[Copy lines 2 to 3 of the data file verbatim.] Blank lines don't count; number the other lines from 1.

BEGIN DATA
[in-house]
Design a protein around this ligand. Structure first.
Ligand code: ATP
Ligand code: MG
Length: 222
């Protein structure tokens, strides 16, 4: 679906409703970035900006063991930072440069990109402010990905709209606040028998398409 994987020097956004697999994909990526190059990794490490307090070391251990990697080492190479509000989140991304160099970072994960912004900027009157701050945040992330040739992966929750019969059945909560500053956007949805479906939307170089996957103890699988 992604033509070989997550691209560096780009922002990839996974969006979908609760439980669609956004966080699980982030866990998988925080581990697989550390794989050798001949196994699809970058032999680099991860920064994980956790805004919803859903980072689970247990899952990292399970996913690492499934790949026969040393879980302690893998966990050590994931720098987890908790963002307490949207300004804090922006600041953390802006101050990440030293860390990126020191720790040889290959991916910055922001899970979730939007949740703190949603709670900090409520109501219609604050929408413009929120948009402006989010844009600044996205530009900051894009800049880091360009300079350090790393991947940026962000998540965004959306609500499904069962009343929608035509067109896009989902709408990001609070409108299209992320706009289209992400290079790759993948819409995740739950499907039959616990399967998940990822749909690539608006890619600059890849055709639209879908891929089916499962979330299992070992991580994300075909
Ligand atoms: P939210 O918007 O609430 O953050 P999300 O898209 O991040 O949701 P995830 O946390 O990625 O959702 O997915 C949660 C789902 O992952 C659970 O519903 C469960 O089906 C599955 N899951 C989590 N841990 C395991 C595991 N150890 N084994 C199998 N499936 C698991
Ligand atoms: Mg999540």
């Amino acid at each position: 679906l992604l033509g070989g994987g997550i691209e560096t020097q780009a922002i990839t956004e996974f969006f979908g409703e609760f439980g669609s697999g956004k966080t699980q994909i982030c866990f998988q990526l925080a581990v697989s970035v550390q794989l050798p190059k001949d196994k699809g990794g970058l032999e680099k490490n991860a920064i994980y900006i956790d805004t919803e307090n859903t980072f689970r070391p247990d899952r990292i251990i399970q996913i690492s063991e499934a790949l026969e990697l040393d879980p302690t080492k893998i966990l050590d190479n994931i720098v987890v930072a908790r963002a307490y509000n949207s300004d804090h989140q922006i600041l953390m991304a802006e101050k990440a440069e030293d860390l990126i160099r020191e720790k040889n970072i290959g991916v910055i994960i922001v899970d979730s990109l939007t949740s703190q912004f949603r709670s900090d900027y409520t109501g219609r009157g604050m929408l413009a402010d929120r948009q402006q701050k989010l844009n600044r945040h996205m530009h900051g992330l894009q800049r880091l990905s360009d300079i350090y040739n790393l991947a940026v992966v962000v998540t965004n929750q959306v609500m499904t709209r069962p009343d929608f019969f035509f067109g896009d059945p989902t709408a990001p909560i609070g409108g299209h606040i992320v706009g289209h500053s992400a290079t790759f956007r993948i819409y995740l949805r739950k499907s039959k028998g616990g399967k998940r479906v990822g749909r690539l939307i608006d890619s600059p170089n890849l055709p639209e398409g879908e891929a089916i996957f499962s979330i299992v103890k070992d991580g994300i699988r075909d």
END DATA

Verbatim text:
Design a protein around this ligand. Structure first.
Ligand code: ATP